Induction/maintenance strategies in children are frequently discussed but underexplored and documented.
A poster authored by Pope Kosalaraksa and colleagues from the HIV-NAT 077 study team showed week 144 results for virlogically suppressed Thai children switching to lopinavir/ritonavir (LPV/r) monotherapy.
In this study children with two consecutive viral load results <50 copies/mL at least 3 months apart while receiving double PI-containing second line regimens for at least 12 months were switched to LPV/r monotherapy. Virological failure was defined as two viral load results >500 copies/ mL or three of >50 copies/mL. Children failing LPV/r monotherapy resumed treatment with their previous double PI regimen. The primary endpoint was the proportion of children with virological suppression <50 copies/mL at 144 weeks.
None of the children had disease progression over 144 weeks of follow up, one child died in a car accident and two were lost to follow up.
At 144 weeks 31/37 (83.8%) were virologically suppressed. The proportion of children remaining on monotherapy with virological suppression was 22/24 (92%). Eleven children experienced virological failure with lopinavir monotherapy with a median viral load measurement of 1740 (IQR 598-21,450) copies/mL. No major LPV/r mutations (L10F, M46I, L76V, V82A) were reported among 10/11 children who failed and genotype testing. When they resumed their previous double PI regimen, 7/11 (63%) children had virological suppression at week 144.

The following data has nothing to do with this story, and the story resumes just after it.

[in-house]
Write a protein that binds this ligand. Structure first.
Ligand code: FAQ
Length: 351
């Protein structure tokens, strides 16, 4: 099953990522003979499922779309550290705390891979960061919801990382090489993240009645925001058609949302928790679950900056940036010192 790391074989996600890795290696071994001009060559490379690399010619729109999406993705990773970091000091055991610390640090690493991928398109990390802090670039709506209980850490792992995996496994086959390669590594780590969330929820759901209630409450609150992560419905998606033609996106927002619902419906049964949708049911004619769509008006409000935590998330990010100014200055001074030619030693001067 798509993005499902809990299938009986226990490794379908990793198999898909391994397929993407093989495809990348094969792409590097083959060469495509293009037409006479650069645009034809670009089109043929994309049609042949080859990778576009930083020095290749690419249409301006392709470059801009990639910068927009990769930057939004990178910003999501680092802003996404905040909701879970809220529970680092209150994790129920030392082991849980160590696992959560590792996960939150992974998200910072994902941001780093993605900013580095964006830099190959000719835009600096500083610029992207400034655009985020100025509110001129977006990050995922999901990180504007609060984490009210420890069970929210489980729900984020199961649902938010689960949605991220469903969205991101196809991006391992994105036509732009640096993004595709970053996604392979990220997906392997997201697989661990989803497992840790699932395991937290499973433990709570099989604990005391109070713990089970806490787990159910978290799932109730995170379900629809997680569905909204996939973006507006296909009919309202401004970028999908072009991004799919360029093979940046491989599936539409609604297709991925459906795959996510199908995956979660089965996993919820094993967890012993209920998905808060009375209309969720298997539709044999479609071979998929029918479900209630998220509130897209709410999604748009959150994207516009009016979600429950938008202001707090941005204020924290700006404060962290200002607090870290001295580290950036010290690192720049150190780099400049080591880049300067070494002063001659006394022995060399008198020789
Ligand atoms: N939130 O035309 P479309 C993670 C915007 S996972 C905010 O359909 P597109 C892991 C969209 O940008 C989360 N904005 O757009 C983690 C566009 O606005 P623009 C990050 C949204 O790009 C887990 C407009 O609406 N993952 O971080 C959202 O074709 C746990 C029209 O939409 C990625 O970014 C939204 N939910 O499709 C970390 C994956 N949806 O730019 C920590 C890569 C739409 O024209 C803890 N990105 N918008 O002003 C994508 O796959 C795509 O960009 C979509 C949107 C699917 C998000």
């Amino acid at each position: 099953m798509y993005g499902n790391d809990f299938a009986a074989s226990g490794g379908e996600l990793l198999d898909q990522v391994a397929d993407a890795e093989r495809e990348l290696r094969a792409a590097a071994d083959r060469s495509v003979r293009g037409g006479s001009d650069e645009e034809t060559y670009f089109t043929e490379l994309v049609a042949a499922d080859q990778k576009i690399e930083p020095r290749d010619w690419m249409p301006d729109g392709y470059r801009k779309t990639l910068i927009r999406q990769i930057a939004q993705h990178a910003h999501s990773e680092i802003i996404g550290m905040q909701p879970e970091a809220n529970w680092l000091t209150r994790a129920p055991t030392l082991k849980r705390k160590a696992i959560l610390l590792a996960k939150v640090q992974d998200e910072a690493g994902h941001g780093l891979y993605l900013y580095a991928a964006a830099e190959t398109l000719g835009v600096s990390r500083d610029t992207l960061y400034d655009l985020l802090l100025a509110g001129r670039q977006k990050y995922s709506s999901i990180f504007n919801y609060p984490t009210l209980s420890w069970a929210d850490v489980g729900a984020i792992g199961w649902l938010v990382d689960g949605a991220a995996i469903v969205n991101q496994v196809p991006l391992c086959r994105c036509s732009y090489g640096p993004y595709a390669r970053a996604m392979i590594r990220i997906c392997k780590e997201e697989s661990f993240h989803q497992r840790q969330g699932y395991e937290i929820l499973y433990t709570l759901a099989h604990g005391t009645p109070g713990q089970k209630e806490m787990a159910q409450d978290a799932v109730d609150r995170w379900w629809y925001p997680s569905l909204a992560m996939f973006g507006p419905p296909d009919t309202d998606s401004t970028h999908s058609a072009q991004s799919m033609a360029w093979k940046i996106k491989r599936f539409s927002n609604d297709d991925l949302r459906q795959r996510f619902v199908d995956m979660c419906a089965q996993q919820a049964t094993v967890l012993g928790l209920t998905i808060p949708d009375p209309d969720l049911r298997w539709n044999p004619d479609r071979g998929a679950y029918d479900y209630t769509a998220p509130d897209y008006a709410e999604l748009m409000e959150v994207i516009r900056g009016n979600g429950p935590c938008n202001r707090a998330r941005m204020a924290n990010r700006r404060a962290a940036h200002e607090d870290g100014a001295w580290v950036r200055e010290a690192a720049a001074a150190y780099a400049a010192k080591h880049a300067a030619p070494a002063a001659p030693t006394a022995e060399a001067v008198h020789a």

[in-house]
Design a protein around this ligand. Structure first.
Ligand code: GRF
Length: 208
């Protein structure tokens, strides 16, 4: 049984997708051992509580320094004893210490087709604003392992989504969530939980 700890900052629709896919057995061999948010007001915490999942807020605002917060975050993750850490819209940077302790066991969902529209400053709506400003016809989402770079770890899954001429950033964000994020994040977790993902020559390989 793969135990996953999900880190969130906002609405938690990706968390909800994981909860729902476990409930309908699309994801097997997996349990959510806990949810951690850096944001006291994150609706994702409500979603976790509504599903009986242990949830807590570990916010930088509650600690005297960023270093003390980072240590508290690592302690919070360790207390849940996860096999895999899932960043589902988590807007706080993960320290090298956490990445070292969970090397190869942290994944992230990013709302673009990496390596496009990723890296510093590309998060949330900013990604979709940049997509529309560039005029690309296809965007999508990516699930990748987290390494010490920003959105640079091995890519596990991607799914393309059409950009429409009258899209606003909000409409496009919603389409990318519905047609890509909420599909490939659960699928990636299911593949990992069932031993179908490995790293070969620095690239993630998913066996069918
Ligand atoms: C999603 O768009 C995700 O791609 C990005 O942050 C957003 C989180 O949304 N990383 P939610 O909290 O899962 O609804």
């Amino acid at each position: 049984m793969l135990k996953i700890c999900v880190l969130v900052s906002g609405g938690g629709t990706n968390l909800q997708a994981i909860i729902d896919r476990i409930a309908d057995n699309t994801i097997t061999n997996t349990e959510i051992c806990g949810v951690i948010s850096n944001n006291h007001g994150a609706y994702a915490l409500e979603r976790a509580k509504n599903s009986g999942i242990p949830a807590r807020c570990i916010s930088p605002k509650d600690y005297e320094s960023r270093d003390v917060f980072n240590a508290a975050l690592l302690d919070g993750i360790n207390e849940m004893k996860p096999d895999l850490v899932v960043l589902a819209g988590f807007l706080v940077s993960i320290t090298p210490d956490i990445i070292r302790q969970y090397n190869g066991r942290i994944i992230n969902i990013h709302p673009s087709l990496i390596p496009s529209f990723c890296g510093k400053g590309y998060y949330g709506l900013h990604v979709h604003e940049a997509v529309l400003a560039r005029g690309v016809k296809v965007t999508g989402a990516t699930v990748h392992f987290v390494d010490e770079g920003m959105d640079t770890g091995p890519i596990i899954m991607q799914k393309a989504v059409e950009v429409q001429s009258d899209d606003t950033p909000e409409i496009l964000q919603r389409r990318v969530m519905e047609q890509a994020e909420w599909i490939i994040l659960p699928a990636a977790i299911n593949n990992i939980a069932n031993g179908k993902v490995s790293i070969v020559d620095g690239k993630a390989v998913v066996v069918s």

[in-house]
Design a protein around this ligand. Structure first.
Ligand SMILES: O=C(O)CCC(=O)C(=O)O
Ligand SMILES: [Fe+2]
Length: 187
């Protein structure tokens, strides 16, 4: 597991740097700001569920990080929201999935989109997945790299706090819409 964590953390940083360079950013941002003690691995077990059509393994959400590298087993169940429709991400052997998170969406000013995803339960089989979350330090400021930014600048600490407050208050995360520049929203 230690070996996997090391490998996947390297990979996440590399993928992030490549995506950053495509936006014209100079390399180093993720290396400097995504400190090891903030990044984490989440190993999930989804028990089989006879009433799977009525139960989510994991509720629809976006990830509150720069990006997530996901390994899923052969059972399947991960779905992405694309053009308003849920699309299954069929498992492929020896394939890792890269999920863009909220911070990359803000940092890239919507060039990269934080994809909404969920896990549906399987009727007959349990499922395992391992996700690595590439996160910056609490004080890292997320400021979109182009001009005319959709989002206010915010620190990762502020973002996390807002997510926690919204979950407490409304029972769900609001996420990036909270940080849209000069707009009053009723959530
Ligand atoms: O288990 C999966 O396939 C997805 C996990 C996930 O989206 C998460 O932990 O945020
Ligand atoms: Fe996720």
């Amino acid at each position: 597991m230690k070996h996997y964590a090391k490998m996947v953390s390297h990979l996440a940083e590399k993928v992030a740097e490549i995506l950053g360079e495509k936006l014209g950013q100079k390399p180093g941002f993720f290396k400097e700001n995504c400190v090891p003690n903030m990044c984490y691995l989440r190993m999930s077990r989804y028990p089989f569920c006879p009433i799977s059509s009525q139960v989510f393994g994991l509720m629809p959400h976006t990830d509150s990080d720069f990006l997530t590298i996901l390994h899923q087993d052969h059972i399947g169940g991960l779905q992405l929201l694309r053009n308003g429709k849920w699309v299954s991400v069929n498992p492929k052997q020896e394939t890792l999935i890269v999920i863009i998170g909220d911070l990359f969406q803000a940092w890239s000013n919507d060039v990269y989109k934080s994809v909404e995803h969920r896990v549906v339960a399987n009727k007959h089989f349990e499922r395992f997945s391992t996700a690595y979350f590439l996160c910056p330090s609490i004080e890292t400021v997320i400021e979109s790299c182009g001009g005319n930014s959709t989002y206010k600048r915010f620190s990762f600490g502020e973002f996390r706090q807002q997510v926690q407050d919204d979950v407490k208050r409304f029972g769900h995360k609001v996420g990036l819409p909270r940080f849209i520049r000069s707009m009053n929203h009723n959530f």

In multivariate analysis viral load at switch to LPV/r monotherapy of >50 copies/mL was the only predictor of failure, OR 4.4 (95% CI, 1.3-14.8). Although all children had <50 copies/mL at screening, 10% had >50 copies/mL at baseline. Sex, CDC class, CD4 percent nadir, CD4 percent at switch and adherence by pill count were not associated.
There were no significant changes in CD4 percent, fasting cholesterol, triglyceride, and glucose from baseline. The investigators noted that frequent viral load monitoring is needed for early detection of virologic failure with this strategy.
This study shows a high rate of failure in about a third of children who switched to LPV/r monotherapy. Whether there are children that could benefit from this induction/maintenance strategy (probably not treatment experienced) remains an interesting question in RLS, where starting with a LPV/r-containiing regimen in infancy is gaining momentum in settings with concerns about cost and NRTI toxicity.
Looking at darunavir/r monotherapy vs darunavir/r in a triple regimen and also once vs twice daily is currently under discussion for PENTA 17.
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